Is the government of Malcolm Turnbull just totally inept or is it actually cruel?
You have to wonder given its fiscal attacks on some of the most vulnerable and needy members of our society.
It’s not just that the government proposed cutting the dole to fund the National Disability Insurance Scheme, or that it expects women to surrender paid parental leave entitlements and family benefits to pay for better childcare, but now it is proposing to abolish federal funding of women’s refuges. Seriously.
A week ago a story was leaked that the government would axe the National Affordable Housing Agreement (NAHA) in the May budget. The story was apparently a kite-flying exercise designed to pressure the states to deliver better results in delivering public housing stock.
What was not mentioned in the story is that all federal funding for women’s refuges is included in this program. It’s a paltry amount – only $110 million – which falls far short of what is needed, but it’s the totality of federal funding for this essential service.
Homelessness Australia, the national peak body for homelessness advocacy, has estimated that 2800 women are turned away from over-full refuges each year and contends that an extra $33.8 million of federal funding is needed just to provide the most basic frontline services for women and children escaping domestic violence.
(The states match the federal funds, bringing total annual spending on women’s refuges to $220 million, which is less than the government is proposing to spend on the new Canberra headquarters for the Department of Immigration and Border Protection.)
But rather than increase funding to try to meet demand – and save lives – the government seems set on abolishing funding altogether.
Homelessness advocates tell me they are being assured – off the record of course – by ministers’ offices that, despite the leaked story, the government is not intending to cut housing affordability funds.
But no one is giving any assurances – or saying anything at all – about the funding of women’s refuges.
It’s because they are invisible within the affordable housing program.
On Thursday morning when Turnbull spoke at the Parliamentary International Women’s Day breakfast, he boasted that he had “led the national conversation” about preventing violence by respecting women. He also said: “Our $100 million Women’s Safety package and additional $100 million investment to back in the Third Action Plan is protecting women and children through expanded front-line services and other support measures.”
But none of the money he mentioned goes to refuges.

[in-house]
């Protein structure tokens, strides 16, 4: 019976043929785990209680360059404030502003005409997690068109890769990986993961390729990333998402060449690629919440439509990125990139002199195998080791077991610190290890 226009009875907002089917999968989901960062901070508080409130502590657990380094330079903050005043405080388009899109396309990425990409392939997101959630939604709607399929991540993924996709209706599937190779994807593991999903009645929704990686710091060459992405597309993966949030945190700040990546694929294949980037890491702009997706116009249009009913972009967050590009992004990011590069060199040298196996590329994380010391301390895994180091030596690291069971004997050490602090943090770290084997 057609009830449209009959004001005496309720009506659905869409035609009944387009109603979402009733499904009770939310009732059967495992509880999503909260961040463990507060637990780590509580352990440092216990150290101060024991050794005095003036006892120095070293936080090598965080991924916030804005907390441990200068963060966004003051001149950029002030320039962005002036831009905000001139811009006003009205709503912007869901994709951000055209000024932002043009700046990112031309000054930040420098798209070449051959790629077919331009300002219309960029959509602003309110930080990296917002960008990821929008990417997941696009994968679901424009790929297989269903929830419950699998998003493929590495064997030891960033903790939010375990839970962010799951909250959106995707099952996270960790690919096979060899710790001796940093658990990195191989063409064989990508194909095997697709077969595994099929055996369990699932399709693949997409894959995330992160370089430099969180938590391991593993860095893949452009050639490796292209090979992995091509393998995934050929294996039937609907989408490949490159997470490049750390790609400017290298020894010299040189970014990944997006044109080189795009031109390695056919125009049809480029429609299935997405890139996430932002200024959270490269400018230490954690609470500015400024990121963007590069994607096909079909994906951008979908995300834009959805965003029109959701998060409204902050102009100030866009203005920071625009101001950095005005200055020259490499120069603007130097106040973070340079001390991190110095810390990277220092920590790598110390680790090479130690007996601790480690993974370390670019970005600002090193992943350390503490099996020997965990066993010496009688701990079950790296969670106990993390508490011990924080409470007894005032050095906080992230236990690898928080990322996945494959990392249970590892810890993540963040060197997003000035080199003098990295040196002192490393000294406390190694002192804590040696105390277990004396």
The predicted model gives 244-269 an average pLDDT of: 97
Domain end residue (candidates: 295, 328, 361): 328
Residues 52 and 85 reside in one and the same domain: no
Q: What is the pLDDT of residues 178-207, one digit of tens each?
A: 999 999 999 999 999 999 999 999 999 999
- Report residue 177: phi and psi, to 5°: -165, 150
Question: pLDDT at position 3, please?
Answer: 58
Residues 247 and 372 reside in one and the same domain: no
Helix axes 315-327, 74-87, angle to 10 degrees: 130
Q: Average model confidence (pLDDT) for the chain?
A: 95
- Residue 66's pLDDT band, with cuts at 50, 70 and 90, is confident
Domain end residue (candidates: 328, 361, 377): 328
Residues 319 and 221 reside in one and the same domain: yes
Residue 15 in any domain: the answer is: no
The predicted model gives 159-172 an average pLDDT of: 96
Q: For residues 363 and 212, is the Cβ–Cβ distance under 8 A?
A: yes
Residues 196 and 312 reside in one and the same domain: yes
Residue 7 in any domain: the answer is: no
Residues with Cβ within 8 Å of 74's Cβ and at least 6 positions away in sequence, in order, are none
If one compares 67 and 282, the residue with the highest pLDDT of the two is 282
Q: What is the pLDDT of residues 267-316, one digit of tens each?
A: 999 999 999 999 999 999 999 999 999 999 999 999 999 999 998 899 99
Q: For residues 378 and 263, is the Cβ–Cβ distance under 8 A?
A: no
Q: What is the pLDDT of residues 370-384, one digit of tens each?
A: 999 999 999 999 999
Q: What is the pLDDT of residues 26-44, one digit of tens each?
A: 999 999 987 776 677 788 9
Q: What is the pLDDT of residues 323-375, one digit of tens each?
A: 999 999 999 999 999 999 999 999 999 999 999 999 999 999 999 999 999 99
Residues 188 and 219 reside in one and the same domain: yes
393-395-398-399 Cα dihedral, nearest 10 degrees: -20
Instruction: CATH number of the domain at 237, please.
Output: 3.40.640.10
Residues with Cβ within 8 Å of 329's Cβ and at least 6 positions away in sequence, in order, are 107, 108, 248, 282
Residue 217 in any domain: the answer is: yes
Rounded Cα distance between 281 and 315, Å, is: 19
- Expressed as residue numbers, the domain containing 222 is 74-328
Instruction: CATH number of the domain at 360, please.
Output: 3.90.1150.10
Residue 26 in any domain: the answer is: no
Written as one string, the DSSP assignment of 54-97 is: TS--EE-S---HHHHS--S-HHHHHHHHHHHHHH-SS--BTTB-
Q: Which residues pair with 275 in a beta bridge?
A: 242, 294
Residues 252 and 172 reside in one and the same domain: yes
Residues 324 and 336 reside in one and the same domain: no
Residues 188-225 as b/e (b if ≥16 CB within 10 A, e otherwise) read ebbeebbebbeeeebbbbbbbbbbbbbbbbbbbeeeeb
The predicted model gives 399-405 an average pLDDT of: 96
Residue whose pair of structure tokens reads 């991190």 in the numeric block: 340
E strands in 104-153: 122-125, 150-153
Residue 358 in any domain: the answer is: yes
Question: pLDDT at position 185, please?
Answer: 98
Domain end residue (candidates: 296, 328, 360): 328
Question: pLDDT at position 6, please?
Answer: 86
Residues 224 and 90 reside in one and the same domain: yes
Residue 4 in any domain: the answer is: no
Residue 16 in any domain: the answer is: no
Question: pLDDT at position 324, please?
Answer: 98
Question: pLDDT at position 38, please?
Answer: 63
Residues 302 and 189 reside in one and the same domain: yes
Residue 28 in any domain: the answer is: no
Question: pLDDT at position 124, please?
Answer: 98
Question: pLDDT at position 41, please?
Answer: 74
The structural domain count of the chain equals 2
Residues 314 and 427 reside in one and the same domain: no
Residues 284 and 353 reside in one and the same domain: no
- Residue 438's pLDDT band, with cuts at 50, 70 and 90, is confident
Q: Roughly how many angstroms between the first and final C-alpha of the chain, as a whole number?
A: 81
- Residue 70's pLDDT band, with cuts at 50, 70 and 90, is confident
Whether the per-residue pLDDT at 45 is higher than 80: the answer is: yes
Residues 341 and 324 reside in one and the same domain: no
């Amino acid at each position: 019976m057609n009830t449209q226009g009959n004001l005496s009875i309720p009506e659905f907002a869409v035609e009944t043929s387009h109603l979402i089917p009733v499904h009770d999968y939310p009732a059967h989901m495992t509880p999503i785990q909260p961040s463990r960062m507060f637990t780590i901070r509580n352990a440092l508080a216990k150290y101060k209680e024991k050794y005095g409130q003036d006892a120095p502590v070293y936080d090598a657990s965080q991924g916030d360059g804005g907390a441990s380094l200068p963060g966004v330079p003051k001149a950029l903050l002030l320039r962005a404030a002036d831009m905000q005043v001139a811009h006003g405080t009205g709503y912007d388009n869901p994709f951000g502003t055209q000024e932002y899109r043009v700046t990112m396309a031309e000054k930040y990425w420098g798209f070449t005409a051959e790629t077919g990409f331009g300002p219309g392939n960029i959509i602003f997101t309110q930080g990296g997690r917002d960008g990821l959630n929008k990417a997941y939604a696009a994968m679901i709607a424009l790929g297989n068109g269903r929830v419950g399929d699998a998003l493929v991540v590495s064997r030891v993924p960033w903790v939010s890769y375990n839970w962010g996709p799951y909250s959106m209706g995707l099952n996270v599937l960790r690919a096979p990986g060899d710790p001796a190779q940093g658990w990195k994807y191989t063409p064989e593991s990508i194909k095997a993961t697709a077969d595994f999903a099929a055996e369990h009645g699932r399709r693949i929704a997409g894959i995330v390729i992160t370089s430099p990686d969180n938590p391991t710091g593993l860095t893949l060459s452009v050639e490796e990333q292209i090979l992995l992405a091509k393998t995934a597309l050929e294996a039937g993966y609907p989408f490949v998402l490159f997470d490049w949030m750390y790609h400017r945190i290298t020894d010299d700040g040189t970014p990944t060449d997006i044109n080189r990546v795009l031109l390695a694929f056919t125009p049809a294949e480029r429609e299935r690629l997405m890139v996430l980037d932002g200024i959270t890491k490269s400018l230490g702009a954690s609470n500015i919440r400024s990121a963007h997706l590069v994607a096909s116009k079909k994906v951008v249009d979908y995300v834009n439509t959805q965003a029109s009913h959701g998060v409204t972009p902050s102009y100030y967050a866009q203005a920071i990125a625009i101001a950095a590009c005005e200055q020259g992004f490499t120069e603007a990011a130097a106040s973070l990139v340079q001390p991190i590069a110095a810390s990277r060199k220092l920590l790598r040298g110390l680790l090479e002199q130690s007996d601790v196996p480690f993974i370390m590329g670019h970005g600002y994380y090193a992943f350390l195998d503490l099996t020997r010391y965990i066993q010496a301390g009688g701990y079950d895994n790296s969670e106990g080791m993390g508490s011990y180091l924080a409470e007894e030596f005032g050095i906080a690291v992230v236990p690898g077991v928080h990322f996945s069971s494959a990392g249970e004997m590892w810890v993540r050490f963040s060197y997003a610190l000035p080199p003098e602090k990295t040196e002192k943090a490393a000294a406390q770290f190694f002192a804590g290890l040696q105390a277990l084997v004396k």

The $200 million is being spent, over three years, on advertising, research, information sharing, help lines, counselling services, trials of technology to improve victim safely, training of frontline staff, efforts to stop “revenge porn” and other commendable measures.
It is all welcome but it is not money that will keep open the crisis services for women escaping violence that are provided by women’s refuges.
And all this is happening under the radar because women’s refuges have been subsumed into homelessness programs and, to quote the Women’s Electoral Lobby (WEL), “have not been recognised or adequately supported for the complex homicide prevention work they are required to provide”.
The misguided decision in 2008 to include women’s refuge funding in general homelessness programs has led to refuges becoming invisible and thus politically vulnerable.
The decision was, no doubt, made in good faith, based on the fact that domestic violence is the leading cause of homelessness among women and children. But it does not follow that the needs of this group are the same, or even similar, to those of people who are homeless for other reasons.
It is now obvious that women’s refuges need to have their own separate funding, as used to be the case, so that their situation is transparent and accountable.
WEL has proposed a separate funding program for women’s refuges, the Women and Children’s Safety Program, which would be a joint Commonwealth-State initiative costing $1.982 billion over five years. (That budget is arrived at by including the current annual funding under the housing agreement plus $68 million a year to cover current unmet needs.)
WEL has calculated that this funding would cost Australians a measly 2¢ a day. Who among us would not be willing to have the government spend that amount for this sadly essential service?
Yet the political reaction to WEL’s proposal has been lukewarm because federal and state political leaders are so focused on housing and homelessness they don’t seem to be able to get their heads around the need for specialist refuges for women and children.
This is despite one woman a week on average being killed and dozens of women being hospitalised every day for serious injuries inflicted by her domestic partner.
Women’s refuges are proven to save lives and prevent further injuries.
What on earth does it take to get Canberra to understand – and pay for – this?
This article was first published in the Sydney Morning Herald on 17 February